Tom Hardy's Tight Schedule Puts The Screws On Peaky Blinders

With popular actor Cillian Murphy in the lead role as gangster Tommy Shelby and a formidable ensemble cast backing him up, "Peaky Blinders" has never shied away from star power. From the series premiere in 2013 to this year's grand finale (an upcoming feature film will continue the adventures of the Shelby clan), every season has featured a name-brand star or well-known character actor taking on the role of the main villain. That impressive list includes such esteemed names as Sam Neill, Noah Taylor (of "Game of Thrones" and "Preacher" fame), "House of the Dragon" star Paddy Considine, Sam Claflin ("The Hunger Games") as the fascist Sir Oswald Moseley, and even Adrien Brody chewing the scenery for everything it was worth.

But of all the famous faces to have taken a stroll through the smog-choked streets of early 1900s Birmingham, perhaps none managed to make as much of an impact in as little screen time (relatively speaking, of course) as Tom Hardy's Alfie Solomons. While that certainly applies to the actual nuts and bolts of the show's plot — though at one point presumed dead, the rival gangster has almost singlehandedly swayed the balance of power for (and against!) the Peaky Blinders on several occasions throughout the seasons — it has also come true among the actual cast and crew of the series during filming, as well.

As it turns out, Tom Hardy's ever-busy schedule had a major effect on the production of "Peaky Blinders."

'He comes in a whirlwind, and leaves in a whirlwind'

Ask anyone in the business (or those who cover this business!) to name one of the more eccentric actors currently working, and chances are you'll end up with Tom Hardy near the top of quite a few lists. Of course, that's also exactly the quality that has turned the "Star Trek: Nemesis" (never forget!), "Bronson," and "Mad Max: Fury Road" actor into such an in-demand star in the first place. When cast on the recently-concluded BBC series "Peaky Blinders" as Alfie Solomons, many thought it was an absolute coup. What fans couldn't have known, however, was just how difficult it would be to continue maintaining his appearances as the gangster while balancing his many, many other commitments.

In an interview with Interview Magazine, casting director Shaheen Baig spoke up about what the experience was like of having Hardy visit the set briefly to film all his scenes in one go:

"We get a few days with Tom. He comes in a whirlwind, and leaves in a whirlwind. Those days are packed because we've got to get all his stuff done. It's wonderful because suddenly you get a bigger audience tune in and it's a real thrill. He's a 100 percent movie star, and him and Cillian going toe-to-toe is an absolute joy. We've got Adrien Brody this season. A movie star will rock up and do a couple of weeks, and then off they go again. It's fun. We feel pretty happy about that."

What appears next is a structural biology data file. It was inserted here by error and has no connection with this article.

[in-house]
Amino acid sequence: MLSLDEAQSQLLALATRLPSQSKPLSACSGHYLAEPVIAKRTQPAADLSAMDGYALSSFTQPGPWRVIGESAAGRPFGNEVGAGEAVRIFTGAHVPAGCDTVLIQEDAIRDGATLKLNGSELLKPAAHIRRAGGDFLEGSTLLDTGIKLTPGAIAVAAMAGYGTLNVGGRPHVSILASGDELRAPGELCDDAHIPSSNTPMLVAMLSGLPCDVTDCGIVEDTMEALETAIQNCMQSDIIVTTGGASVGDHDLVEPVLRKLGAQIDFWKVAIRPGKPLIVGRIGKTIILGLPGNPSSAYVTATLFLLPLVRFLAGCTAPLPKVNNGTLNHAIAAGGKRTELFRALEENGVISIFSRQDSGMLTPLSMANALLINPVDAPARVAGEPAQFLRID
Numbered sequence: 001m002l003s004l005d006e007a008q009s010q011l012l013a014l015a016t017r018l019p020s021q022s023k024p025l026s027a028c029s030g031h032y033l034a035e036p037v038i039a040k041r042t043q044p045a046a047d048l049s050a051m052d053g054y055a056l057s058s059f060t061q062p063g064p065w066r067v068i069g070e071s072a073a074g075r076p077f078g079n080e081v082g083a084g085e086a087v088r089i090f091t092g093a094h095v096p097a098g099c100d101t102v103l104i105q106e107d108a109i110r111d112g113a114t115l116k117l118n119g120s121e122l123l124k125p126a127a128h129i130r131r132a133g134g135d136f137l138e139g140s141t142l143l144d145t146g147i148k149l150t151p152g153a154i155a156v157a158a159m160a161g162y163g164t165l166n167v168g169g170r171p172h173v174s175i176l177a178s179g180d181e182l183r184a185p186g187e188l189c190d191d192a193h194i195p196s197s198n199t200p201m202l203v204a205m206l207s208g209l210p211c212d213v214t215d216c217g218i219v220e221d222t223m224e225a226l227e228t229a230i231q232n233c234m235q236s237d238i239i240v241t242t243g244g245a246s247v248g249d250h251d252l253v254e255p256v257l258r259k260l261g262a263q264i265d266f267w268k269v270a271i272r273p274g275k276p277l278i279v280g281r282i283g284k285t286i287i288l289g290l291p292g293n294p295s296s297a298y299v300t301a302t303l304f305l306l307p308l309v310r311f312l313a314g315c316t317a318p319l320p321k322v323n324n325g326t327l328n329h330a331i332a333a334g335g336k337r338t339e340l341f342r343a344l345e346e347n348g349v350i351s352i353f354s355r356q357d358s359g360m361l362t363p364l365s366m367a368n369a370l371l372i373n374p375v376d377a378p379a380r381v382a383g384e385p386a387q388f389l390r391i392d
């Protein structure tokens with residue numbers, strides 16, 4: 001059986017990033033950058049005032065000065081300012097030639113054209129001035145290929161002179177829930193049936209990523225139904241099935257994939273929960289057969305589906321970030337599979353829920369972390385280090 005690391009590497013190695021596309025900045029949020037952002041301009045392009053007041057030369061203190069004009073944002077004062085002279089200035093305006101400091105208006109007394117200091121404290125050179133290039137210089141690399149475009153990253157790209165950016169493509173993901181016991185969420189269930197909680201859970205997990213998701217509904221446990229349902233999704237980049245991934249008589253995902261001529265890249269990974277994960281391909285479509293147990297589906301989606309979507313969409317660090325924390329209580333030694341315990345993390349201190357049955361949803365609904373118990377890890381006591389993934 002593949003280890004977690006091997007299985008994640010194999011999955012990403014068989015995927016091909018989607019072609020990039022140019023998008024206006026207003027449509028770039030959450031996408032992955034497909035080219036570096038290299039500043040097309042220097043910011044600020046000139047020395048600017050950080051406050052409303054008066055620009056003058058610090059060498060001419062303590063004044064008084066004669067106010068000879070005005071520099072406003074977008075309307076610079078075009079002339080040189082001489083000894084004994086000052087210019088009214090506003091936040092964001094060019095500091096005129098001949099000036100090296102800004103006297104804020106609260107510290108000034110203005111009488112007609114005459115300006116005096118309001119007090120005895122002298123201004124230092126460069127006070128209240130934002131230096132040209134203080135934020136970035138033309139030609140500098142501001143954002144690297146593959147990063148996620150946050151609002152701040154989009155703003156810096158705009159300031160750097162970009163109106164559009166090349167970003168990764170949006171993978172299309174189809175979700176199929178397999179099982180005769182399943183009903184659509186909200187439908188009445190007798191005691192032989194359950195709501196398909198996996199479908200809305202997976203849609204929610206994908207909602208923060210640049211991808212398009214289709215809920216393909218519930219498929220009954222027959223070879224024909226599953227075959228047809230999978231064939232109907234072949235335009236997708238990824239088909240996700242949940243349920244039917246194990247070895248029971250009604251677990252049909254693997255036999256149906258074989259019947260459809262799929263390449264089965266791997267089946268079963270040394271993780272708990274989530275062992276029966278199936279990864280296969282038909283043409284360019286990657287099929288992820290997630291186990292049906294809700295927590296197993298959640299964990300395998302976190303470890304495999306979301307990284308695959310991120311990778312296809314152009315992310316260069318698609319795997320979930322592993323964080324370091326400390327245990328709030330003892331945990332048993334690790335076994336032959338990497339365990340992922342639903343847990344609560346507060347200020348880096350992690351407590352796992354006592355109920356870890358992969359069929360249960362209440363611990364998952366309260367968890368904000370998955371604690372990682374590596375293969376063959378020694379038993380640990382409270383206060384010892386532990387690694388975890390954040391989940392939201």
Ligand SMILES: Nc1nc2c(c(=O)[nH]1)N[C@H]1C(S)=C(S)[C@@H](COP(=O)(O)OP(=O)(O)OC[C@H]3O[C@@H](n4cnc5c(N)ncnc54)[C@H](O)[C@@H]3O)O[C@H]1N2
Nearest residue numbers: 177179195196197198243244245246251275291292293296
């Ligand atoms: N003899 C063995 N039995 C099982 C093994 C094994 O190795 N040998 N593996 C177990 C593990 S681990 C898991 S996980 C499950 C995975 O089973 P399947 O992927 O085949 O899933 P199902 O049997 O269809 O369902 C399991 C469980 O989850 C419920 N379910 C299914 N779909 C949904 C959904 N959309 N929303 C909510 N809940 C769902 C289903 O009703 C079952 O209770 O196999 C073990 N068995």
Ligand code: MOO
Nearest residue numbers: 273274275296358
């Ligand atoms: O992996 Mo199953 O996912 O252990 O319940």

'There is a lot of improvisation that is very exciting'

In addition to working around his understandably hectic schedule, the crew of "Peaky Blinders" also had to become experts in massaging egos and learning to collaborate smoothly with a performer as prickly as Hardy has been known to be. As charismatic and entertaining as Hardy is in the role, particularly in his many blow-ups and team-ups with Murphy's Tommy Shelby over the years, it would appear that the actor's behind-the-scenes process brought just as much to the table.

In an interview with the BBC, series creator Steven Knight elaborated more on Hardy as an actor and how he helped shape the direction of the character beyond what was necessarily in the script:

"On the page is the 'stuff'; the stuff he's got to do and he has to make it from A to B and with Tom in particular, almost exclusively, there is a lot of improvisation that is very exciting. But the most important thing is that Tom arrives with the character and the character is so manufactured in the moment that it is fantastic to watch his performances unfold."

Thanks to Hardy's work, the sometimes grating (yet always compelling) character of Alfie Solomons has gone from a low-level supporting character who was constantly at Tommy Shelby's throat to a major player in England's (and, as of the final season, America's) gangster landscape, having developed a grudging mutual respect with the show's main character. Here's hoping the upcoming film finds plenty of room to bring Hardy back as one of the most fascinating characters in the entire story.